Sunday, August 31, 2008

Very First Hairdo

This morning I not only did Roo's hair for the first time ever, but it was the first time I'd done pigtails in a two-year-old's hair. Roo, being Roo, was very patient about it.

The pigtails were a little bit crooked, but still very cute. And miraculously they stayed in all through church.

The Rabbit wants to know when she is going to get to have her hair done.

Probably in two years, Rabbit, if your hair grows like Roo's did.
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Saturday, August 30, 2008

Week Four

Our homeschool is still going well. We had a good week.

I think it's good that we do math on Mondays because Monday morning we're always really motivated to start our week out right and math is the most structured thing we do. Our work this week was on patterns. I can see my boys developing good thinking skills.

Tuesday we had a field trip to a science museum that has an exhibit about prairie life, including live prairie dogs and a real tornado. The kids loved it and I had to drag them away kicking and screaming when it was time to go home.

Wednesday we did some work on rhythm and beat. Bean is learning to read notes pretty well, but he has a hard time with rhythm, so I wanted to give him some extra practice. I made some cards with notes on them and had him make up rhythms that we could clap together (thanks for the idea, Julie!) After awhile we got plastic containers and spoons out of the kitchen and started a drum line. This was pretty popular with Roo.

Thursday we went to the library. I don't yet feel ready to get back into our structured reading lessons. I love our reading book, Teach Your Child to Read in 100 Easy Lessons, but I don't want to push Bean too hard to do take on more than his brain is ready for. For many months now every time I think about getting back into our reading lessons I just don't feel good about it and when I have tried anyway I see that Bean still has a mental block and he gets all squirmy and it turns into a fight. The whole point in homeschooling him is to let him develop at his own pace, so I'm just trying to keep reinforcing things he's already learned and read aloud a lot to develop his imagination and vocabulary.

Friday for "Making Day" I wanted to reinforce what we did on Monday with patterns, so I had the boys string bead necklaces and I asked Bean to make different patterns with his string of beads. He enjoyed that. Roo and Fish really enjoy stringing beads too.

The more I get into homeschooling, the more things I think of that I want to do with the kids and I realize I don't even have enough hours in the day to teach them everything I want to. I get excited about all the different things we could do, but then I get exhausted trying to work with them and also take care of all my other responsibilities. I am trying to learn to pace myself. A lot of my challenge is mental-- adjusting my expectations and attitudes-- but I'm making progress.

Progress is good.

Thursday, August 28, 2008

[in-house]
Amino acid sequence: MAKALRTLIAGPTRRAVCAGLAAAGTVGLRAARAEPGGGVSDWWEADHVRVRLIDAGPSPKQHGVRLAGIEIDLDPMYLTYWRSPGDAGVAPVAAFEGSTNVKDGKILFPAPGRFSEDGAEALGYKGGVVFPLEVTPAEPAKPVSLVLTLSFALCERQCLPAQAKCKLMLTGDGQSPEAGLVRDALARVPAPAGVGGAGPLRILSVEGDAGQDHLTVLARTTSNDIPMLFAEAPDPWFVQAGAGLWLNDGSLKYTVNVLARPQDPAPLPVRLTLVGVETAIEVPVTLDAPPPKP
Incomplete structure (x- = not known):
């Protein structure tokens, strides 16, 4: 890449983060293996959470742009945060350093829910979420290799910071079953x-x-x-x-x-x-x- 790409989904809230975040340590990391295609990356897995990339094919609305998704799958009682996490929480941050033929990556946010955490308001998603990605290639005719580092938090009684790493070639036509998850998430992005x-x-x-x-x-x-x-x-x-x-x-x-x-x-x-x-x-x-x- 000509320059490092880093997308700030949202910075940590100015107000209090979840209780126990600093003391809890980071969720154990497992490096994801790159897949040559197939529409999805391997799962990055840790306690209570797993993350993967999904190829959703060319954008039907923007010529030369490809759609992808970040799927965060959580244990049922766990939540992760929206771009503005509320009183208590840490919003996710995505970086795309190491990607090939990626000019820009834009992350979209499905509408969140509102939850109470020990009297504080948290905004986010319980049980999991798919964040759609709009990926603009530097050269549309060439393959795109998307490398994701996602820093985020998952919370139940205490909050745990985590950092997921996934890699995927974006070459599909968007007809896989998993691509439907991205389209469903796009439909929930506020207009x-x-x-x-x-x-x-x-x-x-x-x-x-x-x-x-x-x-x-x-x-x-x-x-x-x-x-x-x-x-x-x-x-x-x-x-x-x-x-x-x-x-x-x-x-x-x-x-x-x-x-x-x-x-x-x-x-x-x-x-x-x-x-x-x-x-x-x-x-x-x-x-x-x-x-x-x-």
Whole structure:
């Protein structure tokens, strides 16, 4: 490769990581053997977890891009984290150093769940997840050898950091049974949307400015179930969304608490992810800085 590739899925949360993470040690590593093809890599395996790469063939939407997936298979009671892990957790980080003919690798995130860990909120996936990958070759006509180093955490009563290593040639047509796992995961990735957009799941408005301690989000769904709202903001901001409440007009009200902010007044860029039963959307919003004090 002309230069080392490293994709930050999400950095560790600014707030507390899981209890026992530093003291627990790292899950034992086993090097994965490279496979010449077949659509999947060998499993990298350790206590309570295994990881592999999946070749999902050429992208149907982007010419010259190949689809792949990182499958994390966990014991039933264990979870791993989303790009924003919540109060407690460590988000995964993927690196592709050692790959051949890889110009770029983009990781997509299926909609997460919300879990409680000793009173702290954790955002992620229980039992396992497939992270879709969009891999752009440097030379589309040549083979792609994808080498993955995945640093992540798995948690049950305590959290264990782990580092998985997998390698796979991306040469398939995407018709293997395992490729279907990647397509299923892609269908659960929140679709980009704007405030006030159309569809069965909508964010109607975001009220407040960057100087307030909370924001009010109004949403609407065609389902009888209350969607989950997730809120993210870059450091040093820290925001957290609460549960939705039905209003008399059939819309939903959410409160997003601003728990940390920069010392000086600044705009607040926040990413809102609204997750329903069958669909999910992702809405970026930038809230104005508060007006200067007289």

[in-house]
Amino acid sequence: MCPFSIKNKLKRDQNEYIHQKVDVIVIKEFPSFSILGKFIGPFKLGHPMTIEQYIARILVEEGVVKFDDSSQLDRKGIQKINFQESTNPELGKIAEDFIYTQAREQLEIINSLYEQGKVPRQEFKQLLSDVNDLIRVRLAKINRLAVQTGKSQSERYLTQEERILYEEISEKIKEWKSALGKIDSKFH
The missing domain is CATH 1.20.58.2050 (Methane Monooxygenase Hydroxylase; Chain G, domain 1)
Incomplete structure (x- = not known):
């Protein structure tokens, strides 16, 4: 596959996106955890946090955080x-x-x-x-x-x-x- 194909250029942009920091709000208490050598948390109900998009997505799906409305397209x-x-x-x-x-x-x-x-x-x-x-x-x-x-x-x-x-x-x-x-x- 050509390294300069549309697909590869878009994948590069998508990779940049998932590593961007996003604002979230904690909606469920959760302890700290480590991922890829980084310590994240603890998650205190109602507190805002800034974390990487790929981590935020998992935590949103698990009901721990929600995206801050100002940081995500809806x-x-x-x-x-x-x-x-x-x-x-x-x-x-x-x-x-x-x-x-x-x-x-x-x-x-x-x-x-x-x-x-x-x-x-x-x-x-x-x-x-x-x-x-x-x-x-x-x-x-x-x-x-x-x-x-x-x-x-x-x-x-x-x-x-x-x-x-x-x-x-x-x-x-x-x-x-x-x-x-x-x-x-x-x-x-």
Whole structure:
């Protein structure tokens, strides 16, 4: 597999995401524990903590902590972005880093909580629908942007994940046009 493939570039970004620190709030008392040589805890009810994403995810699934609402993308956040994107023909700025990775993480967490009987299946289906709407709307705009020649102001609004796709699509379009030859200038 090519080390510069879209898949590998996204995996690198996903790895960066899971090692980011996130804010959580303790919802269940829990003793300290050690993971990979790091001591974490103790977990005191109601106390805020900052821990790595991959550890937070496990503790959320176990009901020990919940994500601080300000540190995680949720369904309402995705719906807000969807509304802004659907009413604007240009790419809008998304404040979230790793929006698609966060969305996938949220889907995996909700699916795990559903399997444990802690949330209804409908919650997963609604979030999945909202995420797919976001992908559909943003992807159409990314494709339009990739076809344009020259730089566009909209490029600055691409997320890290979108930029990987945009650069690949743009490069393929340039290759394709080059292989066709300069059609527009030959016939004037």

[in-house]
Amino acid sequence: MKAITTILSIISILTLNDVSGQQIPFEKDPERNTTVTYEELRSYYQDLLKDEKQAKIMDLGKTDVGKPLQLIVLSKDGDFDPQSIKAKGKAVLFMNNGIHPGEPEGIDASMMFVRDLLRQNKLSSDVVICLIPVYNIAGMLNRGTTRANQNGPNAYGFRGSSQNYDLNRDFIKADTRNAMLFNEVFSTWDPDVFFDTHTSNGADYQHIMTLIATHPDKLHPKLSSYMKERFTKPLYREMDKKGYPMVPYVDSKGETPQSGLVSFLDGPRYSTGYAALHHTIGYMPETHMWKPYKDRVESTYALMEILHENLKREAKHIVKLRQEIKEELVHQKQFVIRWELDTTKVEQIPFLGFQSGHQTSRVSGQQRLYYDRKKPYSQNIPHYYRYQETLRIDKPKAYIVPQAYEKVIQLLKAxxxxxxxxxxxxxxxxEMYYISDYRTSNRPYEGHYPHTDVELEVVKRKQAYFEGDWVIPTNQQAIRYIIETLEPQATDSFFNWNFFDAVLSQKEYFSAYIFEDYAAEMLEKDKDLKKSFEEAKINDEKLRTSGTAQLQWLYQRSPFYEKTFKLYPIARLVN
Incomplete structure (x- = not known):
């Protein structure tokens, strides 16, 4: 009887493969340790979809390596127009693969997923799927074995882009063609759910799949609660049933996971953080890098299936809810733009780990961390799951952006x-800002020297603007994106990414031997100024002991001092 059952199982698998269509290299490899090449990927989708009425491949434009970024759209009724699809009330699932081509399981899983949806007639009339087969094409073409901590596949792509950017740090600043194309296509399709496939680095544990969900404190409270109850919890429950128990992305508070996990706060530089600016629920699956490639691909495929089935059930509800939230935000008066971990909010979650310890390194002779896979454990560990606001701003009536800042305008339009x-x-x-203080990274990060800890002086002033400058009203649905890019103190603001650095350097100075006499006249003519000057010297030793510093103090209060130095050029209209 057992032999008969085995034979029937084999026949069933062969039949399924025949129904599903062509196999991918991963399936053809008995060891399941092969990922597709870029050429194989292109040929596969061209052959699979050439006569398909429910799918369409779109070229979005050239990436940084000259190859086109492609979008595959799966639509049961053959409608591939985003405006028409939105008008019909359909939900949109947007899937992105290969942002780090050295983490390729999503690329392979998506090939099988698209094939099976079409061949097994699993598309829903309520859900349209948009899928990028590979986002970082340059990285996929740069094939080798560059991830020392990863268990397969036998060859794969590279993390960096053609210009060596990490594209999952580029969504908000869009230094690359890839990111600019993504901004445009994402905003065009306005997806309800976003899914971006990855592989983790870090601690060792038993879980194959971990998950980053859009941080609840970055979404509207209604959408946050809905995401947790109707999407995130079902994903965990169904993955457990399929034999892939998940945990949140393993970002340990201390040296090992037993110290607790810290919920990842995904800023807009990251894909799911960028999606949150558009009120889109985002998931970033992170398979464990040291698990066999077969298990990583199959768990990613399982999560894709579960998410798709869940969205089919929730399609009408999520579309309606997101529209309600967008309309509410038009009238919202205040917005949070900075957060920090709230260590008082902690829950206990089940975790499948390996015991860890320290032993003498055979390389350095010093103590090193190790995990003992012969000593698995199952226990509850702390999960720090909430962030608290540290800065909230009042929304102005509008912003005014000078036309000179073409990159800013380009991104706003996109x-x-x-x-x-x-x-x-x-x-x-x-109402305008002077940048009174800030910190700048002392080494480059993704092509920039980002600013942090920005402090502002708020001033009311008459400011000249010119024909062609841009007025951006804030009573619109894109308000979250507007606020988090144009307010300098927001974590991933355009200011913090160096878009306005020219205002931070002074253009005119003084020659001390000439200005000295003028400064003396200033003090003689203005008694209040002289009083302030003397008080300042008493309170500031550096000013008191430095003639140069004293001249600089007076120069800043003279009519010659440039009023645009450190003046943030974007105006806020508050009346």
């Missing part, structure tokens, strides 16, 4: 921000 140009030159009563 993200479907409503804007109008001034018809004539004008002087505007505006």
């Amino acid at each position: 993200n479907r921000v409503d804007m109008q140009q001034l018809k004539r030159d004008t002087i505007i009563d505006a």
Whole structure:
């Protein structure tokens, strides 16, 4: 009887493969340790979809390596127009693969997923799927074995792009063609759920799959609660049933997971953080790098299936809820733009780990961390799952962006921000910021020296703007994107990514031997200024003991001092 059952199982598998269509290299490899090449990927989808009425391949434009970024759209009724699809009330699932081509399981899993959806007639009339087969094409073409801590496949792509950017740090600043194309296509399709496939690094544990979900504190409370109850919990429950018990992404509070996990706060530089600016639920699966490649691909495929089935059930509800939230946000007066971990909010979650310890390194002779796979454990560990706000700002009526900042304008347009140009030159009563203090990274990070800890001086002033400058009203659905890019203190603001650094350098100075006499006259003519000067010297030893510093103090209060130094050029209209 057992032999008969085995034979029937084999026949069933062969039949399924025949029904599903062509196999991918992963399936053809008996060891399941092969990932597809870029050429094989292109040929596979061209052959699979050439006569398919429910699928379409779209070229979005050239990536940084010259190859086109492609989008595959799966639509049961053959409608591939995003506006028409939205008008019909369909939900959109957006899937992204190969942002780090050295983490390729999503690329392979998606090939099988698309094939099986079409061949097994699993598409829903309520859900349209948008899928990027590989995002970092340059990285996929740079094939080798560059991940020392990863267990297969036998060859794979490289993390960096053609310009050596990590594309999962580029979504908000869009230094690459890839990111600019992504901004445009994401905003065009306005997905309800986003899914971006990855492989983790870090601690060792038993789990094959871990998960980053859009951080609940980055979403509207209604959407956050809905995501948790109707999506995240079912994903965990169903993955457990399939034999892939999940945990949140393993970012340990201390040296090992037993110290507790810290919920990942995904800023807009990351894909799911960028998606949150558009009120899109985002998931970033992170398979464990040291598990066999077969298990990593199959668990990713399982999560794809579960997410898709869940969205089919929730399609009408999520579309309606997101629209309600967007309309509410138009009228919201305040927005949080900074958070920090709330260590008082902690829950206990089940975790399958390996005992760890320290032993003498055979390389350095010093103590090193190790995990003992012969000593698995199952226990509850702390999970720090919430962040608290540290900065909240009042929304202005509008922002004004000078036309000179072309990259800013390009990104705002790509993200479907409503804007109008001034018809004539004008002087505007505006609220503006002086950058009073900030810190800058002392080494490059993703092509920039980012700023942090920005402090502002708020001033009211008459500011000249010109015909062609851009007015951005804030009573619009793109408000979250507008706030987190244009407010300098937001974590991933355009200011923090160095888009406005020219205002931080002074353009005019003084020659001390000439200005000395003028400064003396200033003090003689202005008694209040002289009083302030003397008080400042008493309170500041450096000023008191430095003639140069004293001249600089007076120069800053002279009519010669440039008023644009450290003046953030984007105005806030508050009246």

Something That Made Me Think

I read this blog post a couple of days ago and it really reverberated with things that have been on my mind lately. I don't really have time to elaborate on this, but I thought these were good things to ponder so I wanted to share.

Tuesday, August 26, 2008

Oh Where, Oh Where Can He Be?

One of the peculiar things about being married to a pilot is sometimes having absolutely no idea what state my husband is in, let alone what city he is flying to. Especially since he started flying Air Ambulance, he often does not even have the time to communicate with me where he is going and when he'll be home before he leaves. I'm used to it. He leaves suddenly, he comes home suddenly. All in all, though, he is home most of the time, and we love that.

Recently he showed me a website which gives me most of the information that he doesn't have time to tell me. As long as he has filed an IFR flight plan, will show me where he's going, when he left, and pretty near exactly where he is at any given moment. I can finally actually plan for approximately when he is going to come home.

This has been fun for me. I will take the kids to the library and when I come home, I'll see his car gone. So I'll pull up this website, type in his tail number, and see that he's halfway to Oklahoma City.

He has traveled far and wide for someone in such a small plane: from Denver to St. Louis, from Rochester to Galveston, and everywhere in between. He often lands at small airports in the middle of nowhere and picks up patients that need medical care in a large city hospital, so he sees not only the big cities but the small towns as well. He really gets around.

And it's so nice to know where he is!

Monday, August 25, 2008

You Bought WHAT, Honey?

Do you ever make your husband haul your purchases in from the car? Like when you go to the mall and buy 5 new outfits, complete with shoes and handbags, and then make him carry in all the cute little boutique bags for you? Or like when you buy a five-gallon pail of molasses?

I really like molasses and I hate buying it in the expensive and small bottles at the grocery store. I thought there had to be a way to get it cheaper if I bought it in bulk. I asked at Sam's Club and they looked at me like I had three heads. "Molasses? No, we don't carry that, Ma'am." Am I weird to like molasses? It's a great source of iron and I've been slightly anemic since the end of my last pregnancy.

Amazon Grocery sells molasses, so I can't be that weird.

Glenda has a friend that owns a health food store and can order stuff from food wholesalers. She asked him and it turned out his wholesaler sells bulk molasses-- in five gallon pails! Of course this was a better deal than even Amazon, but FIVE gallons?

What the heck! Why not buy five gallons of molasses? The stuff keeps forever.

So I did.

But now I could really use your help. I love molasses cookies. I love gingerbread. I love love LOVE Glenda's recipe for North Dakota Farm Bread which has molasses in it (more on this later). But I've got FIVE GALLONS, man. I need some more ideas! What do YOU like to make with molasses? Post me a comment, with or without a recipe. We're going to have a big molasses baking spree here at the Birrd's nest.